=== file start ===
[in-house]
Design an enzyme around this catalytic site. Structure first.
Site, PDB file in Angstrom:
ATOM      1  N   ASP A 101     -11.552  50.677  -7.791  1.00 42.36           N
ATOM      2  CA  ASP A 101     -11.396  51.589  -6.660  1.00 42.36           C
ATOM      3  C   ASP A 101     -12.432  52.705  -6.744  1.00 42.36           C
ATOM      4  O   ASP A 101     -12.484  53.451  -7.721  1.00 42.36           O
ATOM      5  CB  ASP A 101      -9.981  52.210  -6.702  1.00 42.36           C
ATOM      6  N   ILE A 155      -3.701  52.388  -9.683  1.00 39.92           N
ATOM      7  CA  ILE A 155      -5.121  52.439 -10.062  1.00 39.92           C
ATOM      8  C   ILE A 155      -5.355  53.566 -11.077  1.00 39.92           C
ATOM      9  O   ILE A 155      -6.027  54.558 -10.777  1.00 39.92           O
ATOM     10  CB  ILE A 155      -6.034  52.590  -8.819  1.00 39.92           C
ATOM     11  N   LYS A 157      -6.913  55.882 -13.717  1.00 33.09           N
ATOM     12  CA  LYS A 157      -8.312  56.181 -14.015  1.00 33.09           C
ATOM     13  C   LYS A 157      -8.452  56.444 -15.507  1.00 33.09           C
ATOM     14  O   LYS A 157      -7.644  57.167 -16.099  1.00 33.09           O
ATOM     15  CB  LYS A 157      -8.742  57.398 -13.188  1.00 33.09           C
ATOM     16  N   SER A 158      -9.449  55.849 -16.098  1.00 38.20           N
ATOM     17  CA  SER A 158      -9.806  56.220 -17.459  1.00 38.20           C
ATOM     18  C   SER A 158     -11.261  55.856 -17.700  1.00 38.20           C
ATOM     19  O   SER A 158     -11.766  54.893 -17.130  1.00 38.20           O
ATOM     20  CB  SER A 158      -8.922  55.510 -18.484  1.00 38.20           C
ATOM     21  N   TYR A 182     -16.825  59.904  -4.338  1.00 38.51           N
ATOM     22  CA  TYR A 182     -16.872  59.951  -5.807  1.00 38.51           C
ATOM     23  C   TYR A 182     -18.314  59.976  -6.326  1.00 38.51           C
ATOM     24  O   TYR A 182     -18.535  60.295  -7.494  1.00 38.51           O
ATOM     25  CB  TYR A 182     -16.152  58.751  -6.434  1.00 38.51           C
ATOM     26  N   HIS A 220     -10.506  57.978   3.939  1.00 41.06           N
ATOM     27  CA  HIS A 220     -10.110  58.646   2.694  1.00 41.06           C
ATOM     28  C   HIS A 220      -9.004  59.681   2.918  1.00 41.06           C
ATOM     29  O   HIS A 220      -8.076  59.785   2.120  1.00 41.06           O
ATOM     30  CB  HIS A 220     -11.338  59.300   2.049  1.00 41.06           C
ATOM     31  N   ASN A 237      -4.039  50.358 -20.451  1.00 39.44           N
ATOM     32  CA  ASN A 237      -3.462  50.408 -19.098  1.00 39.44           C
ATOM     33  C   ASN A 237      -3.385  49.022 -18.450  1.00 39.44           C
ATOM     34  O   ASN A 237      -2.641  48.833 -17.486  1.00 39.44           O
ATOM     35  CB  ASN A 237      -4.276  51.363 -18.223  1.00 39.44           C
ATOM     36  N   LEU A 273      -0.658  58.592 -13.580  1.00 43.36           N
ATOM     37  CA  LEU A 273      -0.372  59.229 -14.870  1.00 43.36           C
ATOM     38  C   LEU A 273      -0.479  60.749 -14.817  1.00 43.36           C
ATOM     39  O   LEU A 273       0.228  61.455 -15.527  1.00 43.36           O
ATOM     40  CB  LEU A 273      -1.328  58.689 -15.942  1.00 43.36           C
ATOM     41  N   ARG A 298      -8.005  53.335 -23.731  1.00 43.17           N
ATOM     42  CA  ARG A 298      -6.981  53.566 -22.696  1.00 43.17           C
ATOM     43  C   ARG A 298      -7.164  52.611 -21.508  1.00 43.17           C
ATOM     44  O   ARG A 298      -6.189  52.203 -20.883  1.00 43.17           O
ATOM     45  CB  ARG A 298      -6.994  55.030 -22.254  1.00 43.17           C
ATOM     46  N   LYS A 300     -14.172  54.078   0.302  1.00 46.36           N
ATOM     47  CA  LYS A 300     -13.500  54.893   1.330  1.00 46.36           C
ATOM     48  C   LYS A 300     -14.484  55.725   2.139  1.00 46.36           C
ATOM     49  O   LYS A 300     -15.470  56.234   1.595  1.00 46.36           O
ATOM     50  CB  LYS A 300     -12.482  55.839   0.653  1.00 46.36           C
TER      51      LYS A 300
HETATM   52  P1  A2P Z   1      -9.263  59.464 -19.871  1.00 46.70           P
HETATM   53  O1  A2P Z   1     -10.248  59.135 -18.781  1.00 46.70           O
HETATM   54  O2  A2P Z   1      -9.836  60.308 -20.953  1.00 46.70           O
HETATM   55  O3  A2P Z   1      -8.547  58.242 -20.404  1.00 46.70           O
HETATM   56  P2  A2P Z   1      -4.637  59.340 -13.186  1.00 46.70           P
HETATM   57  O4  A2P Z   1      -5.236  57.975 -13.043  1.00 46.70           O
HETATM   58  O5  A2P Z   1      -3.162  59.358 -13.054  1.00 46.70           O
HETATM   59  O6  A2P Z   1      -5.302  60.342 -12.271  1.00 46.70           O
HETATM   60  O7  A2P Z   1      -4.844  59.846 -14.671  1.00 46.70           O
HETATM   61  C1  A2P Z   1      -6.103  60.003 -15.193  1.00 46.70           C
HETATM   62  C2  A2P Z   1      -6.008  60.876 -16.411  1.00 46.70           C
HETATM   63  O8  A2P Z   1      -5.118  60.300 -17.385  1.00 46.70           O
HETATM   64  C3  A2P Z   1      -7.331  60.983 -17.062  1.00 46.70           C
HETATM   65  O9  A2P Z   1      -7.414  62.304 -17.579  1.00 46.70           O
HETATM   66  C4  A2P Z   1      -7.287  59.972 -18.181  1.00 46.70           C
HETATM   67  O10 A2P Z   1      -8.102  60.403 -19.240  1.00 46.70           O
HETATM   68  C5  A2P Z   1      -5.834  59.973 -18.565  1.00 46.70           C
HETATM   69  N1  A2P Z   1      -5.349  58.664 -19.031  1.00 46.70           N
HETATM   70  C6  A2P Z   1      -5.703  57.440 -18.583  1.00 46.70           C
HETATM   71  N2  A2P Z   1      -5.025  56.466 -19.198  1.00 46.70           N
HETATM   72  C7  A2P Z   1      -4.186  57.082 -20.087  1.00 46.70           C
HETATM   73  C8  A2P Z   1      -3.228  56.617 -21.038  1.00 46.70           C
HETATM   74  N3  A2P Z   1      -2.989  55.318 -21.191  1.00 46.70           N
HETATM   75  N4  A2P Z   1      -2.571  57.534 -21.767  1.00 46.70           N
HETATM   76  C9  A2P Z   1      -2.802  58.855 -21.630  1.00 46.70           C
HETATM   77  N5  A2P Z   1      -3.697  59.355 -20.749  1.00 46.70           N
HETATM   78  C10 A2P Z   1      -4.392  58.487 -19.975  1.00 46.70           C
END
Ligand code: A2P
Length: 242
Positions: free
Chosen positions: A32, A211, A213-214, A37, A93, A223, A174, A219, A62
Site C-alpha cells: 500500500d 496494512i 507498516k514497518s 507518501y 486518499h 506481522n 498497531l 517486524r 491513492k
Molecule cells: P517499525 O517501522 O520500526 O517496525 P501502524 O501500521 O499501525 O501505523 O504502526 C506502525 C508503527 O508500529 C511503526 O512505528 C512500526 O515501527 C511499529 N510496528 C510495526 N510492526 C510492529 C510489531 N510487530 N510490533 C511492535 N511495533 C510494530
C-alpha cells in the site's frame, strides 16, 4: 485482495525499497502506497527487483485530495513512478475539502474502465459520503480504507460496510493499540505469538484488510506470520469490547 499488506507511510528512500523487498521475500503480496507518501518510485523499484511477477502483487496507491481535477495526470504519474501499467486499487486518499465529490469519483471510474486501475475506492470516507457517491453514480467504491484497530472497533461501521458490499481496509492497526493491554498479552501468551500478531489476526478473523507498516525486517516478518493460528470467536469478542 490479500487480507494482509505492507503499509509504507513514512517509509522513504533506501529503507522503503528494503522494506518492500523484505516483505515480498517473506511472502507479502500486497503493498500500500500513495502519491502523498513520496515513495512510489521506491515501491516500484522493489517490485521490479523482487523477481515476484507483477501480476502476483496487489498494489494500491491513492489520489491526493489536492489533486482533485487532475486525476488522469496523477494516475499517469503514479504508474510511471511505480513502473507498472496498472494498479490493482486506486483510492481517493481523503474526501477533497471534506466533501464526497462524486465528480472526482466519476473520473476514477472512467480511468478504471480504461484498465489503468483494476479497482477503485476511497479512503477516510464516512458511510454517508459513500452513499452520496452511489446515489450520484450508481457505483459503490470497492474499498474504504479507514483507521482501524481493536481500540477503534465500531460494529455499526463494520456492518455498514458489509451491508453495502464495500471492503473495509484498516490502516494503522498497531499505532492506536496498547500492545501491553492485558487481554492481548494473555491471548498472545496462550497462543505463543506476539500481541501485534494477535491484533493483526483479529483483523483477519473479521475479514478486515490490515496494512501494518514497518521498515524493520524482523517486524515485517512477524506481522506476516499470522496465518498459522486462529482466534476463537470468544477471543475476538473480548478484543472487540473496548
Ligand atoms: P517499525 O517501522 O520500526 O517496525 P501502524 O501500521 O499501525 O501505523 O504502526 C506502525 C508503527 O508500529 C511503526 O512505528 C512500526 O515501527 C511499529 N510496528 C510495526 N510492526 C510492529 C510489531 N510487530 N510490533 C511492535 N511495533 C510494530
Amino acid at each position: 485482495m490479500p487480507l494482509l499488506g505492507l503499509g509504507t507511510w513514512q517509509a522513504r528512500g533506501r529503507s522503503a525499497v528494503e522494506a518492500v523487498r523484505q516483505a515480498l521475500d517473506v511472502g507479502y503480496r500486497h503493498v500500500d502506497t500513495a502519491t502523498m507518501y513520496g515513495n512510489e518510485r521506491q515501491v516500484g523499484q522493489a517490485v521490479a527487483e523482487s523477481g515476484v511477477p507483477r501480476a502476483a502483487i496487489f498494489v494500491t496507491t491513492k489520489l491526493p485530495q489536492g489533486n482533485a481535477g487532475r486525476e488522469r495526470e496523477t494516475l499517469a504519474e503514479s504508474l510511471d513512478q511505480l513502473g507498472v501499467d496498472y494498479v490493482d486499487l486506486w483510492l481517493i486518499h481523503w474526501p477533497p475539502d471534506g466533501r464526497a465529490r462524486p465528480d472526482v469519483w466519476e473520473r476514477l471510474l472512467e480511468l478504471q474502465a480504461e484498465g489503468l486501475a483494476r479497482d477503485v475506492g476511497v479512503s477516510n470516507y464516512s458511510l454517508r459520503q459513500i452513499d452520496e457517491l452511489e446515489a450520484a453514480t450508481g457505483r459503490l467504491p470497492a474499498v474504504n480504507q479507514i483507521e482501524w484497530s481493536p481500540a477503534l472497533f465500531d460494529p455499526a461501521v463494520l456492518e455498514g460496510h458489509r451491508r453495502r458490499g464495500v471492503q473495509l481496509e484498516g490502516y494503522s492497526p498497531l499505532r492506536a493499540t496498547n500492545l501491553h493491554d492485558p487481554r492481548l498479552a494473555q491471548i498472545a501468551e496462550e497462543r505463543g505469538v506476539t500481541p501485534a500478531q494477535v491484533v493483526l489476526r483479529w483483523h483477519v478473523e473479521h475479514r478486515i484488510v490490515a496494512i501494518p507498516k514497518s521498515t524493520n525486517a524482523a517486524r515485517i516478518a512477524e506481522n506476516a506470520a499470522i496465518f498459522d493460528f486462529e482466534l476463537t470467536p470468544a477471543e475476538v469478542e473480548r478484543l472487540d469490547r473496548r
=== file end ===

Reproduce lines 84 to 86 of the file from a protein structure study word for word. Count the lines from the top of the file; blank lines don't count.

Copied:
Length: 242
Positions: free
Chosen positions: A32, A211, A213-214, A37, A93, A223, A174, A219, A62